Many vehicles have their battery mounted just in the engine compartment against the radiator header. Now remember that most crashes involve the front end. GM pickup trucks have the + post close to the inner fender. If it gets hit that hard, which with crumple zones now is not that much, the battery gets crushed. A better place in my mind would be against the firewall as the crush zones get stiffer as the damage gets farther in. This is designed to absorb the impact in a controlled manner. Older vehicles did not have these controlled crush zones and with seat belts the impact was transferred to the occupants.
Considering side impacts are by far the minority of crashes, I would not be undully concerned. Just insulate the connections with rubber by the + batt post and the cable going to the starter be in good grommets where it passes through a panel.
Keep the battery and cables away from fuel lines.
 

72Duster440

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I plan on redoing the electrical portion of my starting system this winter. Instead of going with a fused lead from the battery to the starter, I plan on running a Ford style starter relay mounted next to my battery in the trunk. It'll leave that wire to the starter electrically dead, except for when cranking. The relays are ~$25 only as well, and just need the trigger wire from your ignition switch routed to them.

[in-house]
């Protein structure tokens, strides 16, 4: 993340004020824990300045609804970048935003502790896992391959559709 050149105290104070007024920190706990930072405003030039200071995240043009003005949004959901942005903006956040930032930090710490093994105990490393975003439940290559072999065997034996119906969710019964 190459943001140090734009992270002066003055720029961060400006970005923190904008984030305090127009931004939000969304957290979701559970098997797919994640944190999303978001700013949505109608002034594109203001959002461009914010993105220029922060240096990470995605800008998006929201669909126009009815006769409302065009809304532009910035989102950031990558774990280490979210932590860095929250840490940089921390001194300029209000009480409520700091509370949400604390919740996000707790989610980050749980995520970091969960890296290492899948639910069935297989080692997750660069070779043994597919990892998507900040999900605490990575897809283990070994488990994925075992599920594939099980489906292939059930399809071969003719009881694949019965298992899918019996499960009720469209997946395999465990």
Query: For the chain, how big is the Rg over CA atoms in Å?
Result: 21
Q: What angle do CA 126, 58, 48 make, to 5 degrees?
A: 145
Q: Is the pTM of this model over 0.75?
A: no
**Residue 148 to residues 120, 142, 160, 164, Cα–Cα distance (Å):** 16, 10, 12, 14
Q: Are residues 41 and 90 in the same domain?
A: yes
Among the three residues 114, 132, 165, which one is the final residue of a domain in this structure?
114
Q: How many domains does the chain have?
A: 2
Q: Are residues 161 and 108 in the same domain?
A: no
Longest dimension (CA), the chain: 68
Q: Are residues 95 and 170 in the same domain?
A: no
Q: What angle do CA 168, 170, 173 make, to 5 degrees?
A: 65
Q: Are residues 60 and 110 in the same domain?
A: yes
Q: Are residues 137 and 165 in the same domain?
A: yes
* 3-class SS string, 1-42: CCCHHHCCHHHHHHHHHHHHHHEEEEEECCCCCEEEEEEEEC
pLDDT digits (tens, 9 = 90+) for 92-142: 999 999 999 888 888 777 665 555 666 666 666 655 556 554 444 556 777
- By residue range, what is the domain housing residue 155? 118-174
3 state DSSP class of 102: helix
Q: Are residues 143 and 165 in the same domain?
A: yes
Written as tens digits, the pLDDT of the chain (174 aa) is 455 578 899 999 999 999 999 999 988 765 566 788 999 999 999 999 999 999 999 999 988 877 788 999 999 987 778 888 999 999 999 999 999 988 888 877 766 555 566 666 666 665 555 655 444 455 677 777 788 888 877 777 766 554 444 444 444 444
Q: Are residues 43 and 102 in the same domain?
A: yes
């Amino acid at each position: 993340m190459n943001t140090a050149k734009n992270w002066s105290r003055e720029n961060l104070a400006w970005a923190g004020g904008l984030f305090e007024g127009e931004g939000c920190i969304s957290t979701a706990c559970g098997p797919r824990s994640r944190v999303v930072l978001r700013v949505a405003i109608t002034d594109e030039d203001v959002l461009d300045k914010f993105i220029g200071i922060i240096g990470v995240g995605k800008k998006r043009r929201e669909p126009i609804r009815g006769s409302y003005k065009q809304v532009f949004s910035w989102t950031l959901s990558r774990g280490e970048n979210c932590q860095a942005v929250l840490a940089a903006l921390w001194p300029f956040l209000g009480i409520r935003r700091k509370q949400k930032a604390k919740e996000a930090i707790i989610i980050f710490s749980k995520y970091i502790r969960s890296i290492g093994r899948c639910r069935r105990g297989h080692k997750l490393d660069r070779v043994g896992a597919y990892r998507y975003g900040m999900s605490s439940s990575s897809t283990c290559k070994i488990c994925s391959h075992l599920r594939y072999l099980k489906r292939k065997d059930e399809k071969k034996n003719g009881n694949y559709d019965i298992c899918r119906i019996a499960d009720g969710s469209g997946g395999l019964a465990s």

Demonx2

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I plan on redoing the electrical portion of my starting system this winter. Instead of going with a fused lead from the battery to the starter, I plan on running a Ford style starter relay mounted next to my battery in the trunk. It'll leave that wire to the starter electrically dead, except for when cranking. The relays are ~$25 only as well, and just need the trigger wire from your ignition switch routed to them.
That's how my battery in the trunk is wired too. Seems to work very well.
 

LO23M8B

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My personal feeling is that it may cause more problems than cure. You can however MEASURE a starter draw, you need to beg borrow or steal a battery load tester using an adjustable carbon pile, AKA "old school"

What you do is, disable the ignition and hook up the load tester. Crank the starter about 10 seconds and just before releasing, carefully and accurately note the voltage.

Now without cranking the starter, turn on the load and crank in load until the voltage reading matches the reading you took on the starter. Quickly read the ammeter and that is equal to the starter draw.

This demos battery test, not the starter test




Some newer VAT meters have a clamp on ammeter which directly measures starter current


You could also use one of those small/cheap inductive thing of migs
 

mopar56

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Update....installed a 300 amp fuse block, so far problem solved, motor cranks fine, havnt started it yet but should be fine after cranking is finished.